Think Tight, Play Loose
Author James Allen wrote, “Circumstances do not make the man, they reveal him;” although the essay was written in 1902, it remains a timeless proverb 110 years later. If circumstances could be grown in a garden, it would be harvested on the blacktop. In sales, we are inundated with circumstances-both personally and professionally, our situations are often intertwined. After a 2 hour loss, mentally beaten and battered, we have to psyche ourselves up for the next Up-yes we’ve been taught that our next opportunity is in the next up; I’ve heard the “You’re that much closer to your next deal,” Gipper-like mantra before, but it doesn’t diminish the fact that with only a few days remaining, I haven’t covered my draw. And you thought, you were the only one to utter those words…
No matter what position or which department, we all face adversity and our stories are eerily similar. Whether elections, economic uncertainties, or storms-from coast-to-coast, North to South, we are all facing challenges-the only thing separating us is our personal revelation beyond the smoke of adversity. There may be only a few days remaining in your month; it’s a fact the play clock is ticking and the sands are diminishing in the hour glass, but be assured you can get yourself out of your situation if you think tight and play loose.
In spite of the Yoda’s of the blacktop’s parking lot theories, you are not cursed-you simply changed the rules of the game. In the game of Blackjack (i.e. 21), the rules are simple; based on what the dealer shows, you either hit (ask for another card) or stand (no more cards). The entire game changes, when one person at the table decides to play his hand based on emotion and no longer logic-ignoring the proven strategies of the game. The same is true for you sales; you cannot place a bet on your month using your emotions nor can you wage the potential for a sale based on what you see and how you feel-you have to play the entire deck, your proven processes and your Road to the Sale’s fundamentals, even when you lose a hand (deal). The more steps you skip, the luckier you must become.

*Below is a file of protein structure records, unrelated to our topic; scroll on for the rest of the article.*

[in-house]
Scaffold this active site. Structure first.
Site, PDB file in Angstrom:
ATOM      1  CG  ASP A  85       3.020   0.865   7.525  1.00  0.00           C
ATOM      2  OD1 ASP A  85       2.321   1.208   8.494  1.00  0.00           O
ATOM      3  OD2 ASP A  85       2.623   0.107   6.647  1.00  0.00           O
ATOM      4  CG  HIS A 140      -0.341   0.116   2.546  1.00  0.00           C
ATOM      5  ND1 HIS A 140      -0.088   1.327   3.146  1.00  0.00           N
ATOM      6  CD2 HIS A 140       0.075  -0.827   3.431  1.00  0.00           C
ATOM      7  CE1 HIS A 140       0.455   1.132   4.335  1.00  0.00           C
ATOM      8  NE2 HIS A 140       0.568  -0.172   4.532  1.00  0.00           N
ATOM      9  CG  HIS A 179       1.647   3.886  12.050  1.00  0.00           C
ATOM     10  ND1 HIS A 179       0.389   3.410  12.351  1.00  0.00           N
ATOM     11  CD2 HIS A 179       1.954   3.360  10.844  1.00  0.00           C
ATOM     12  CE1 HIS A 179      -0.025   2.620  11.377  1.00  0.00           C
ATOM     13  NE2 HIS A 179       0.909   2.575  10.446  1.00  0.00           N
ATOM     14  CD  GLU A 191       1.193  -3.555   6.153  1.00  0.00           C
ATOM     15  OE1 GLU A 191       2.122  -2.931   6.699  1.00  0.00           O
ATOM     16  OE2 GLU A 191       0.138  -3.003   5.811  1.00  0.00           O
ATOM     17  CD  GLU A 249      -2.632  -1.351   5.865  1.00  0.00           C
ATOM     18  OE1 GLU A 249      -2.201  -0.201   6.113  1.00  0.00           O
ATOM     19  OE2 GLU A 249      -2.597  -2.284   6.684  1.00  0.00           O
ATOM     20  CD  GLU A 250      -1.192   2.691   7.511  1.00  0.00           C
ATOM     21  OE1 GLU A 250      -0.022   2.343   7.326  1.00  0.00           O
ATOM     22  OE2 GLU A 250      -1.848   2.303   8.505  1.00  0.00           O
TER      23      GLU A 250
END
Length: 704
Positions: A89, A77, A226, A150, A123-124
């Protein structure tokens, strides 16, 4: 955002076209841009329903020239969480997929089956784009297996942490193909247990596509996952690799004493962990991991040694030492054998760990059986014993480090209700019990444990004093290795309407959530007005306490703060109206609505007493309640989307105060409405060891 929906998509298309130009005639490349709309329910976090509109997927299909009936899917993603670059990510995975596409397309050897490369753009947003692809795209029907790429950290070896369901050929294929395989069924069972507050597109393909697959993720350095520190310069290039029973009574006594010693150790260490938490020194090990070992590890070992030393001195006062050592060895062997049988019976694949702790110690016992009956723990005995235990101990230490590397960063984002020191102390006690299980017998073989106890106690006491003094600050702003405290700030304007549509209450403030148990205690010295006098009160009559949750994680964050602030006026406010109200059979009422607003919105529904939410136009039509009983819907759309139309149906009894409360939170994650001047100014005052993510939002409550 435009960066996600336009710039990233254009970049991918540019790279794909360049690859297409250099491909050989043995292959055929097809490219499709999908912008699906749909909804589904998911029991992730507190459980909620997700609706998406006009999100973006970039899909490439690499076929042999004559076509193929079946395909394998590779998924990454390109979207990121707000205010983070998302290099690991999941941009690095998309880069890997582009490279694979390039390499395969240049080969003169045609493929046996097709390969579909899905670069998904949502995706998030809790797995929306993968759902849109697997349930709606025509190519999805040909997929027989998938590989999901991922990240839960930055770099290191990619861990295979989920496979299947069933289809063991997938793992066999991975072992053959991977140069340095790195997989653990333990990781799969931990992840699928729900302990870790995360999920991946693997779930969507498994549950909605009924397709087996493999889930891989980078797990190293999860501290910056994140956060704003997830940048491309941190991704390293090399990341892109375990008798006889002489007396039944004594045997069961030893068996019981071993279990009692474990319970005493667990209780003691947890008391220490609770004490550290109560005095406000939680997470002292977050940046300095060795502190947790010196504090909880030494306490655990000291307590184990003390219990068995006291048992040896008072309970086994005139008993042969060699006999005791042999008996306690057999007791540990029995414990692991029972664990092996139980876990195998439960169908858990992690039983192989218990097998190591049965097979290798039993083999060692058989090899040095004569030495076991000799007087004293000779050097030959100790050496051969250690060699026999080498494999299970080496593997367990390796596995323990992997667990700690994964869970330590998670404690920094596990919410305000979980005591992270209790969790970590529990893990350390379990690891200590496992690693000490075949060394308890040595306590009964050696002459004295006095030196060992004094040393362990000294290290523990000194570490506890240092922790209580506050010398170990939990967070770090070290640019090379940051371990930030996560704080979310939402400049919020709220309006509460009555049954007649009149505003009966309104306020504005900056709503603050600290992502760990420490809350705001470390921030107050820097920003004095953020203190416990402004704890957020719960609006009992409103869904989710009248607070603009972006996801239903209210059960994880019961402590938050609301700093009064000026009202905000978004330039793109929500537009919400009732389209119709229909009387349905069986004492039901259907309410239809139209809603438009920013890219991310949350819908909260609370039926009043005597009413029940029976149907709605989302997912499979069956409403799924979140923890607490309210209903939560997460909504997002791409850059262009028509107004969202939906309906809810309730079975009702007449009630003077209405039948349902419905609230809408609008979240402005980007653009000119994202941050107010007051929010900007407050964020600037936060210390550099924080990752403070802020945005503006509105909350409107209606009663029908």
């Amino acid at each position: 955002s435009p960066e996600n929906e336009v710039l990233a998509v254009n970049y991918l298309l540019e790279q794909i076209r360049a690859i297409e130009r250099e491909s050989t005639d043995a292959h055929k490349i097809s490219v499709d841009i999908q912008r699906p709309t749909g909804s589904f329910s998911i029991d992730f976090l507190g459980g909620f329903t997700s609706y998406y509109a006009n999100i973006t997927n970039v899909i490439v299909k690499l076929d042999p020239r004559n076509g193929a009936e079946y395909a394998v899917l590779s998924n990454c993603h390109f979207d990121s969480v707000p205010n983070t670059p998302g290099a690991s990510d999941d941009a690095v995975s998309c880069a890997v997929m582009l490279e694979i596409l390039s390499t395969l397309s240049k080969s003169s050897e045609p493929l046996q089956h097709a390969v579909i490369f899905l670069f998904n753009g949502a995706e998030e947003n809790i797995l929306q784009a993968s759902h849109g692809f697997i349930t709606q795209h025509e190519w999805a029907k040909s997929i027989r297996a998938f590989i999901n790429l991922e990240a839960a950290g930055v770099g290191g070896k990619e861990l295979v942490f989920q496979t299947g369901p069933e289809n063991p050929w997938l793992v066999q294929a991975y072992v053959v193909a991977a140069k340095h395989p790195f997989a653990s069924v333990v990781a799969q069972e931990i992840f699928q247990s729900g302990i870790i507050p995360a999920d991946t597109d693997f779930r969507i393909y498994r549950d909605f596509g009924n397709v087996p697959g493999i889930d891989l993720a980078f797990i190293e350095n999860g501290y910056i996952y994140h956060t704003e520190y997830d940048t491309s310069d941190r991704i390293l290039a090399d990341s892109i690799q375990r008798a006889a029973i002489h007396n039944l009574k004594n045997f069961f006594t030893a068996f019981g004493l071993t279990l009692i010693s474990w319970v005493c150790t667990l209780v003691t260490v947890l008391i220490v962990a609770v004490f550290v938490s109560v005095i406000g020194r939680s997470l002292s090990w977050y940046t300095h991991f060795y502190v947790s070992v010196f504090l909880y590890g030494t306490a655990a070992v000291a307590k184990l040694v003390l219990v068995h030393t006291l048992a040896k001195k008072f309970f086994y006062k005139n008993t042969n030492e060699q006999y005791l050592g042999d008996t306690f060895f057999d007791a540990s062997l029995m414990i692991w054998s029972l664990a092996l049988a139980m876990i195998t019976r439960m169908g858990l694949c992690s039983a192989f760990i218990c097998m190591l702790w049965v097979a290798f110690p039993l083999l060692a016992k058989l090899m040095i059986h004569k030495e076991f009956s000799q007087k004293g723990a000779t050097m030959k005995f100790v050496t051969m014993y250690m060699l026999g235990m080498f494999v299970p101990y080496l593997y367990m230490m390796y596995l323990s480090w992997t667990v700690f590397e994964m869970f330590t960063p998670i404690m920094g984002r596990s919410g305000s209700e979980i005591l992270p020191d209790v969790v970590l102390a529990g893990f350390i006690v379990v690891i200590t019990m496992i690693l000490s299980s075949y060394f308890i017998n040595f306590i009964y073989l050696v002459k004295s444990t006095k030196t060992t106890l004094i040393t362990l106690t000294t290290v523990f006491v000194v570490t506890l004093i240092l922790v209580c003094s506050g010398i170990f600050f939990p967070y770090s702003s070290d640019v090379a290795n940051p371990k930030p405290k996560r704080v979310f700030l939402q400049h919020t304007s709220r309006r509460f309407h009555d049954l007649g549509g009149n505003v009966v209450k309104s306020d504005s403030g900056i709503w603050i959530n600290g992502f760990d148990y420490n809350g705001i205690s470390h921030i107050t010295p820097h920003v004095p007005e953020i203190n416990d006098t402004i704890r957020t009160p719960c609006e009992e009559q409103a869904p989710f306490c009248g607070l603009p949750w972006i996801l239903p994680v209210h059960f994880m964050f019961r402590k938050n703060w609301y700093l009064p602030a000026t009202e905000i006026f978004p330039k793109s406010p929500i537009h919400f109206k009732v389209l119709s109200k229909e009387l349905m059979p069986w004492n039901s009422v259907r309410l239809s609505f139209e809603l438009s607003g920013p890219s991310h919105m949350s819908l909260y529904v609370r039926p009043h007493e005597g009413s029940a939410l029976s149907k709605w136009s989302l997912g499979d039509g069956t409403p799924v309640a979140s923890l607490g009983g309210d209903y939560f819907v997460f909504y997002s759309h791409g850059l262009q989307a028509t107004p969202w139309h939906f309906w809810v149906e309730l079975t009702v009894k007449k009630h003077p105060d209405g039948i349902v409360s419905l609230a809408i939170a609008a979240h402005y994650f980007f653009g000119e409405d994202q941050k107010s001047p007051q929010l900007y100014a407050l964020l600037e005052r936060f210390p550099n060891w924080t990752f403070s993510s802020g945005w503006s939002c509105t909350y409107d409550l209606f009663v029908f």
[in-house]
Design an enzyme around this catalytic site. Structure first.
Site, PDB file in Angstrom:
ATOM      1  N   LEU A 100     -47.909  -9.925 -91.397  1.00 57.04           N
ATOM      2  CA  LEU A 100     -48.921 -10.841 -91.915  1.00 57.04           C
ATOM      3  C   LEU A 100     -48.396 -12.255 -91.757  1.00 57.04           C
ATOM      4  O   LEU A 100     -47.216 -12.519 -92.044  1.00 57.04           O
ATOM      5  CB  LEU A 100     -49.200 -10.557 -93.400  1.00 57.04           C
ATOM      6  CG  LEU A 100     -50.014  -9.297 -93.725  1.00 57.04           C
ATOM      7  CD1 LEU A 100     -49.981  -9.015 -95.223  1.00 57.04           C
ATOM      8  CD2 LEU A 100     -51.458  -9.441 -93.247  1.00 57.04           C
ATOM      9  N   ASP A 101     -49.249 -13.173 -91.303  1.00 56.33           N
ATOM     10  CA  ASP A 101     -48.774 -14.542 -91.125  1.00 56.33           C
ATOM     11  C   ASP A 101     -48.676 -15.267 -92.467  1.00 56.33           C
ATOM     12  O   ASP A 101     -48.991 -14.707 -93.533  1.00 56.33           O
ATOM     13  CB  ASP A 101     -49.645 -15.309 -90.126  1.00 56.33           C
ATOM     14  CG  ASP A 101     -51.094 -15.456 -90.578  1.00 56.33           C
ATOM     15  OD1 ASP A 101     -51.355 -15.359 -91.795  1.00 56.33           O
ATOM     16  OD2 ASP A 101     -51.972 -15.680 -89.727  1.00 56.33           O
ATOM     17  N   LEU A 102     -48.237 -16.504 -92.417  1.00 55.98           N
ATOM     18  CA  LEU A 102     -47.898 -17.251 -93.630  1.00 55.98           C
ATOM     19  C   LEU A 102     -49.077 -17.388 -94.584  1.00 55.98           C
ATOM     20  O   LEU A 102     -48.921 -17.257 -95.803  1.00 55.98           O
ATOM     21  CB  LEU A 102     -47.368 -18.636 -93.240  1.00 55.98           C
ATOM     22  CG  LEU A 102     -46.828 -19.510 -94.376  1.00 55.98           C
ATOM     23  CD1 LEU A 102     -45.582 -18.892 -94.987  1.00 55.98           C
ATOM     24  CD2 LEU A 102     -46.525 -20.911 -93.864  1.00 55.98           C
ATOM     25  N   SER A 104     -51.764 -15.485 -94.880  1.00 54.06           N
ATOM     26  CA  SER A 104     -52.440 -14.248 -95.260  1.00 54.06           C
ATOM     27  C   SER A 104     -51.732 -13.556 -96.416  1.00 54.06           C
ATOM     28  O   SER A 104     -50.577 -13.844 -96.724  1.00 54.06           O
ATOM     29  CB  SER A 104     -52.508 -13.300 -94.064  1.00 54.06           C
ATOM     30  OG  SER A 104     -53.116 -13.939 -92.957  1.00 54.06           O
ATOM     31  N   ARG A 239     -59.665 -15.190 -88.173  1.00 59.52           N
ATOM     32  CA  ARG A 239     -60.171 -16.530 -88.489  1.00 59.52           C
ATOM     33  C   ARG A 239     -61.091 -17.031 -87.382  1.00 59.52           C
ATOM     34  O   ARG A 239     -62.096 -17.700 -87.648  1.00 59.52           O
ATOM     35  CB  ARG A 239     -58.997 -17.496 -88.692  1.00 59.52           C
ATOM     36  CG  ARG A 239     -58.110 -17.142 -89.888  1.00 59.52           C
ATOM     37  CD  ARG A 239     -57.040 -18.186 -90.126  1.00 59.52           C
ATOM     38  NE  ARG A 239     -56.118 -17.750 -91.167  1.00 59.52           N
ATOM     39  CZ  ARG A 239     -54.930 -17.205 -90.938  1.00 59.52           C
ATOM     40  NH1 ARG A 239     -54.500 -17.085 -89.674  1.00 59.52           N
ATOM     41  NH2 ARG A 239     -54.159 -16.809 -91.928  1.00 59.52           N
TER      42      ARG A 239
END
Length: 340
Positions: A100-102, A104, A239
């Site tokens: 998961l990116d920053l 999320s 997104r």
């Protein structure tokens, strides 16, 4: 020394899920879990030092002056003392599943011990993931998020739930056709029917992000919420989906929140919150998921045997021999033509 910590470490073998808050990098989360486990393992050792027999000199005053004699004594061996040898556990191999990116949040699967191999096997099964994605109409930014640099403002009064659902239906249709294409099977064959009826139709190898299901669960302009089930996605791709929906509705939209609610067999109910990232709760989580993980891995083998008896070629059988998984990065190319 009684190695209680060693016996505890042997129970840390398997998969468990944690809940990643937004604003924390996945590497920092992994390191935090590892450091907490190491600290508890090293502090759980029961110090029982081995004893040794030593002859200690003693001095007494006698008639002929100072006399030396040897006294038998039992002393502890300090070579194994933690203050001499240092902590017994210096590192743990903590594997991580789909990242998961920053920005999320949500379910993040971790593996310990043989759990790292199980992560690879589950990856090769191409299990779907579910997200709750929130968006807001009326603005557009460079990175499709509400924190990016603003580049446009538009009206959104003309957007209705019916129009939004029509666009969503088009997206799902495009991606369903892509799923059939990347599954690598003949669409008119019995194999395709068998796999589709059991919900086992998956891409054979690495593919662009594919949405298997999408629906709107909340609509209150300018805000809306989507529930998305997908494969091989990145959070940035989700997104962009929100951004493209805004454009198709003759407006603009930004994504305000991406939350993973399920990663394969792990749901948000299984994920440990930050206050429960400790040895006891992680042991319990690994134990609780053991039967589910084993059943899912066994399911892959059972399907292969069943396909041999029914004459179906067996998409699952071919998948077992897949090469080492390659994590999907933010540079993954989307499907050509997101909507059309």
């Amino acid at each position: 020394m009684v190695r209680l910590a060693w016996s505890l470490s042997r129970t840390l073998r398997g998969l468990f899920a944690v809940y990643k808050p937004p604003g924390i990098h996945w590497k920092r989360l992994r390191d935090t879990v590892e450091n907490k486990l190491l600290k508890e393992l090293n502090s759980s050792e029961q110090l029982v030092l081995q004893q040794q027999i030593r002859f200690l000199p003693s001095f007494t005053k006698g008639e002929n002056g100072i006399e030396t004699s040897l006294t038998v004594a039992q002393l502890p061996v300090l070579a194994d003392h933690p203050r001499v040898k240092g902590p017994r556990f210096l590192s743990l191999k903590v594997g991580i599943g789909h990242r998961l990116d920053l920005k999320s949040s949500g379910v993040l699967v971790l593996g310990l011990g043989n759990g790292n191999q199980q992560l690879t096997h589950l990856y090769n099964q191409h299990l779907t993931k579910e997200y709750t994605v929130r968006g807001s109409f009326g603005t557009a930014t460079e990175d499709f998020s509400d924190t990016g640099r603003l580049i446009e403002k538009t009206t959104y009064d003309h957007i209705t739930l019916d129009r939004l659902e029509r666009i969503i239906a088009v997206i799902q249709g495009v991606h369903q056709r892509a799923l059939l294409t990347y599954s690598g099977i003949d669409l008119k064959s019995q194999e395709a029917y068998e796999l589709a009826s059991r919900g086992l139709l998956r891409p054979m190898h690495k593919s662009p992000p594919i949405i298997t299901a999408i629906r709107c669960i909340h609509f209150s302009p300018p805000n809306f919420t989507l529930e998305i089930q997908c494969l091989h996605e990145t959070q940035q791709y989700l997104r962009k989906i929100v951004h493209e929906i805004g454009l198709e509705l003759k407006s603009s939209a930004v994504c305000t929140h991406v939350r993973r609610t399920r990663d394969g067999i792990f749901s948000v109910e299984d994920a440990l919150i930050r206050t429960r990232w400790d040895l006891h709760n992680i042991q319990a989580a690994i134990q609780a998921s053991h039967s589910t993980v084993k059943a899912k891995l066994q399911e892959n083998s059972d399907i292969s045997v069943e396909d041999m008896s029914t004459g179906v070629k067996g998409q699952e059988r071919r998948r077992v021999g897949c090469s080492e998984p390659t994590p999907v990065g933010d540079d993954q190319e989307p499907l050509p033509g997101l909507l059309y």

Like the game of golf, selling is a game of strategy. You don’t have to have the gift of gab-you don’t even have to be a Wikipedia of product knowledge; you only have to be disciplined. Discipline will beat talent every time; we’ve all worked alongside of talented flakes-those who were the best there never was; conversely we work with those less talented, yet they take a disciplined approach to their month, correlating to years of consistent success. Having the joy of discipline inoculates you from the pain of regret. Being a disciple of discipline, i.e. thinking tight, allows you to play loose-believe me, your customers can sense when you are trying to sell based on your needs and not theirs.Your success doesn’t have to be predicated on the winds of circumstances (emotion) , instead, it’s foundationally set when you think your way through your month (logic).
If your abysmal month is spiraling toward an end, think your way through the end of the month instead of rehashing what happened in the beginning. Nothing good is going to come out of what happened yesterday-it’s over. Instead, think your way through your final days. Formulate your success by first determining how much money you need to make in order to salvage your month and then divide that number by your per copy average; this will give you your needed number of sales. Then take your number of needed sales and divide by your closing ratio; this number equals your projected number of Ups. Finally, take your Ups, divide by the number of days left in your month and GO TO WORK turning over every rock of opportunity you can muster.
$2000 (needed) / $350 (per copy avg) = 6 sales needed.
6 sales / 25% (closing ratio) = 24 ups / 6 days left = 4 ups per day.
There are those who want something to change, and then there are those who go to work to make change possible. Take the time; be accountable. You can change any situation if you think what to do, and then do what you think.
I’ll see you next time on the blacktop.